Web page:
Since discretionary traders do not have the luxury of knowing the historical drawdown of their trading styles, using dollar amount thresholds usually works pretty well. For example, if a discretionary trader has initial capital of $50,000, first sign of trouble is losing $10,000. Remember to put this in the written trading plan, that once such drawdown is reached, a comprehensive self evaluation will be done, otherwise, it is not likely you are going to force yourself to do it.

Fear of Losing It All

When facing huge drawdown, there is one emotion that surfaces more often than anything else. It is the fear of losing it all. Even a couple of my friends, who have at least 30 years of trading experience under their belts, have a sense of helplessness after their recent big drawdowns. They cannot help themselves from imagining that their career, lifestyle and even family will be heading for the worst. The trouble is that their fear has a reasonable ground, making it extremely stressful for them to carry on daily tasks.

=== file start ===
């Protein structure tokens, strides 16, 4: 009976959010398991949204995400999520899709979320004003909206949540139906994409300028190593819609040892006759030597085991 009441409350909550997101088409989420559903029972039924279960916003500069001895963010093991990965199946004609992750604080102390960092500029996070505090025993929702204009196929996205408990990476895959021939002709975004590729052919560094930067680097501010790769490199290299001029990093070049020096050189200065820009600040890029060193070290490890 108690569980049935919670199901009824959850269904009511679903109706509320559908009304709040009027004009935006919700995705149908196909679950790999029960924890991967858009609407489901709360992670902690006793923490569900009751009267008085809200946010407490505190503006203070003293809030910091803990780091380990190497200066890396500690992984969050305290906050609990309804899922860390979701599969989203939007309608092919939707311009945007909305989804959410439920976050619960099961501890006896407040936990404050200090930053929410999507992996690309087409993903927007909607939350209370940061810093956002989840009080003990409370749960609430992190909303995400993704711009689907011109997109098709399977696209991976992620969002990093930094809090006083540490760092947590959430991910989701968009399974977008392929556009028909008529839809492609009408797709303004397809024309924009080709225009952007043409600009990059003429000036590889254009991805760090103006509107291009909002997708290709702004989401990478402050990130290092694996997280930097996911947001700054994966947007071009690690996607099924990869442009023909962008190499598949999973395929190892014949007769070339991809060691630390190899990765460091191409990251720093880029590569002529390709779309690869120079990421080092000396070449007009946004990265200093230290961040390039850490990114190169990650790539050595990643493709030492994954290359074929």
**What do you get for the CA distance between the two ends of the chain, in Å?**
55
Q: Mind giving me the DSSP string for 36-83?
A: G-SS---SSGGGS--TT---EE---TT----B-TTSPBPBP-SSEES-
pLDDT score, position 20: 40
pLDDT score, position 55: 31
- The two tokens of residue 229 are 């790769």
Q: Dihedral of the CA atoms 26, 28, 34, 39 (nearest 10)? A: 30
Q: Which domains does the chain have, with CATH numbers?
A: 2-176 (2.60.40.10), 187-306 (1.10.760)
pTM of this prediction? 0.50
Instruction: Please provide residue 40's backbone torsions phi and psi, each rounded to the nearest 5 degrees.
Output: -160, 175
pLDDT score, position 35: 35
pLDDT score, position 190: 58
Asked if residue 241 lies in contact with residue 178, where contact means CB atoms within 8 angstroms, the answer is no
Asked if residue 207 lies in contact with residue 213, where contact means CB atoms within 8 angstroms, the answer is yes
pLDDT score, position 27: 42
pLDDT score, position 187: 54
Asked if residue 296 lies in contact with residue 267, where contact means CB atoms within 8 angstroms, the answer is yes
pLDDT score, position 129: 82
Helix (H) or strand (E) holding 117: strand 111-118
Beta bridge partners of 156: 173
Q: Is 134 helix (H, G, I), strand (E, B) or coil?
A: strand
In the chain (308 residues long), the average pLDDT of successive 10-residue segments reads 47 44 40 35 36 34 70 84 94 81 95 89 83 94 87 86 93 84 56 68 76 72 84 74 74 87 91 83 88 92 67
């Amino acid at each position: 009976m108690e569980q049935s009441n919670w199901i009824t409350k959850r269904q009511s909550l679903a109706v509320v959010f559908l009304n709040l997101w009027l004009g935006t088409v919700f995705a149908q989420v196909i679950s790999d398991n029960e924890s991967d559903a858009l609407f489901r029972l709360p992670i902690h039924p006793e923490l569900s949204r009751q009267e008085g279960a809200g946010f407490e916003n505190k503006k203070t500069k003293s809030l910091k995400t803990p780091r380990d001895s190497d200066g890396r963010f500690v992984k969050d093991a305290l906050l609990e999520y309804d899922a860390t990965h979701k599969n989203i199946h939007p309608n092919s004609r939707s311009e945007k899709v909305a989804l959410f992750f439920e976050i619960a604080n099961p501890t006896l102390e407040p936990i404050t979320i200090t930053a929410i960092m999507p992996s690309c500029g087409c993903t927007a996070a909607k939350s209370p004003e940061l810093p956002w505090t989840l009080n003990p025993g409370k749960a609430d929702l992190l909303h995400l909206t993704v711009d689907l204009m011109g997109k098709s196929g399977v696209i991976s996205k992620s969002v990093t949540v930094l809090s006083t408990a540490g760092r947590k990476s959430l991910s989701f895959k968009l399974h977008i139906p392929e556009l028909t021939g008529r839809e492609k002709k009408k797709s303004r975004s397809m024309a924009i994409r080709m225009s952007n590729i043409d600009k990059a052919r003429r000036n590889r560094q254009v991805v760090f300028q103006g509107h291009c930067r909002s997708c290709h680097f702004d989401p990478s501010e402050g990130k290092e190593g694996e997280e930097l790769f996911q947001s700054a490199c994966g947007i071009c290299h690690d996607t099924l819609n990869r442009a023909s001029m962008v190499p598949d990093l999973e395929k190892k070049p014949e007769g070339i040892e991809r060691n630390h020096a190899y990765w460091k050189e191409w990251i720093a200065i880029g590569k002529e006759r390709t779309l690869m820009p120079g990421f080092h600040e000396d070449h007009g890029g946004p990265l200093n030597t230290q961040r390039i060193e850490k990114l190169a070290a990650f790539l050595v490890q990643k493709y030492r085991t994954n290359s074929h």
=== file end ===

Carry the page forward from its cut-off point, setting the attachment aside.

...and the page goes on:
This crippling fear comes from the fact that my friends identifying themselves only as very successful trader or hedge fund manager. When that identity is threaten, they have no other emotional support to lean onto. They cornered themselves emotionally.

To be able to bounce back, one must detach oneself from the losing trades and accumulated losses. It is like football players in a football game. They may have lost several games in a row. But those teams that focus on developing better skills and strategies eventually will come out ahead.

Detachment is not the same as shifting the blame onto others, which is exactly what many unsuccessful traders do. In fact, detachment allows oneself to own the failure and move on to the more important task on hand. Namely, finding out what went wrong quickly so that the same issue will not affect future performance.